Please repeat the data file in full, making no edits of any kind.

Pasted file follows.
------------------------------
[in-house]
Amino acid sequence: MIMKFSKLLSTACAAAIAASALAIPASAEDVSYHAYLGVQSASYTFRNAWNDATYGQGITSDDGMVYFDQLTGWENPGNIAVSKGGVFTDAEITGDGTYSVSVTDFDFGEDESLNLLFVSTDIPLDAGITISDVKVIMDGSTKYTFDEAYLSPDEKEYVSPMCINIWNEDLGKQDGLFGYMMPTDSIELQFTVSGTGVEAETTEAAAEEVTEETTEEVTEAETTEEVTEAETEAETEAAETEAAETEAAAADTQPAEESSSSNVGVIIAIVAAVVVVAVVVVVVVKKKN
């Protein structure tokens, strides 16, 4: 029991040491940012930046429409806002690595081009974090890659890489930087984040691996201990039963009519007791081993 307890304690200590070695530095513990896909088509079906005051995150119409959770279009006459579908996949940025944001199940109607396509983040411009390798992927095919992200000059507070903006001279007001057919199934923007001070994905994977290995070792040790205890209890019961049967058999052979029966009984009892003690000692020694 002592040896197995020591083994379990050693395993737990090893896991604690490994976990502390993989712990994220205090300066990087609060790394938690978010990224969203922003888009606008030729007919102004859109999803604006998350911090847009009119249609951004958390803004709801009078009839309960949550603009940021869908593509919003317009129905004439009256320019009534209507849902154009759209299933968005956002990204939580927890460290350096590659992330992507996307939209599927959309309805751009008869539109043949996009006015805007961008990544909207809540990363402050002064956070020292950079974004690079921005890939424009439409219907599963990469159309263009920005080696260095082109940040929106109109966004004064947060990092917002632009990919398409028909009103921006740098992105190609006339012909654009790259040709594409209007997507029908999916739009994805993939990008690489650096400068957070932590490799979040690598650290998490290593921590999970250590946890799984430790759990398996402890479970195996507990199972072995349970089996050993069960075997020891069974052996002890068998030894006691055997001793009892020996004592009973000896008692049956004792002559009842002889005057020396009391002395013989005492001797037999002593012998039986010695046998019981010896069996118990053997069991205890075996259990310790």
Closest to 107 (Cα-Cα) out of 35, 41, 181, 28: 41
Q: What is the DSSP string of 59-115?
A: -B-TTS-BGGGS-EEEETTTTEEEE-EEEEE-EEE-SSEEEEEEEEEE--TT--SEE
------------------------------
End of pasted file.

[in-house]
Amino acid sequence: MIMKFSKLLSTACAAAIAASALAIPASAEDVSYHAYLGVQSASYTFRNAWNDATYGQGITSDDGMVYFDQLTGWENPGNIAVSKGGVFTDAEITGDGTYSVSVTDFDFGEDESLNLLFVSTDIPLDAGITISDVKVIMDGSTKYTFDEAYLSPDEKEYVSPMCINIWNEDLGKQDGLFGYMMPTDSIELQFTVSGTGVEAETTEAAAEEVTEETTEEVTEAETTEEVTEAETEAETEAAETEAAETEAAAADTQPAEESSSSNVGVIIAIVAAVVVVAVVVVVVVKKKN
């Protein structure tokens, strides 16, 4: 029991040491940012930046429409806002690595081009974090890659890489930087984040691996201990039963009519007791081993 307890304690200590070695530095513990896909088509079906005051995150119409959770279009006459579908996949940025944001199940109607396509983040411009390798992927095919992200000059507070903006001279007001057919199934923007001070994905994977290995070792040790205890209890019961049967058999052979029966009984009892003690000692020694 002592040896197995020591083994379990050693395993737990090893896991604690490994976990502390993989712990994220205090300066990087609060790394938690978010990224969203922003888009606008030729007919102004859109999803604006998350911090847009009119249609951004958390803004709801009078009839309960949550603009940021869908593509919003317009129905004439009256320019009534209507849902154009759209299933968005956002990204939580927890460290350096590659992330992507996307939209599927959309309805751009008869539109043949996009006015805007961008990544909207809540990363402050002064956070020292950079974004690079921005890939424009439409219907599963990469159309263009920005080696260095082109940040929106109109966004004064947060990092917002632009990919398409028909009103921006740098992105190609006339012909654009790259040709594409209007997507029908999916739009994805993939990008690489650096400068957070932590490799979040690598650290998490290593921590999970250590946890799984430790759990398996402890479970195996507990199972072995349970089996050993069960075997020891069974052996002890068998030894006691055997001793009892020996004592009973000896008692049956004792002559009842002889005057020396009391002395013989005492001797037999002593012998039986010695046998019981010896069996118990053997069991205890075996259990310790």
Closest to 107 (Cα-Cα) out of 35, 41, 181, 28: 41
Q: What is the DSSP string of 59-115?
A: -B-TTS-BGGGS-EEEETTTTEEEE-EEEEE-EEE-SSEEEEEEEEEE--TT--SEE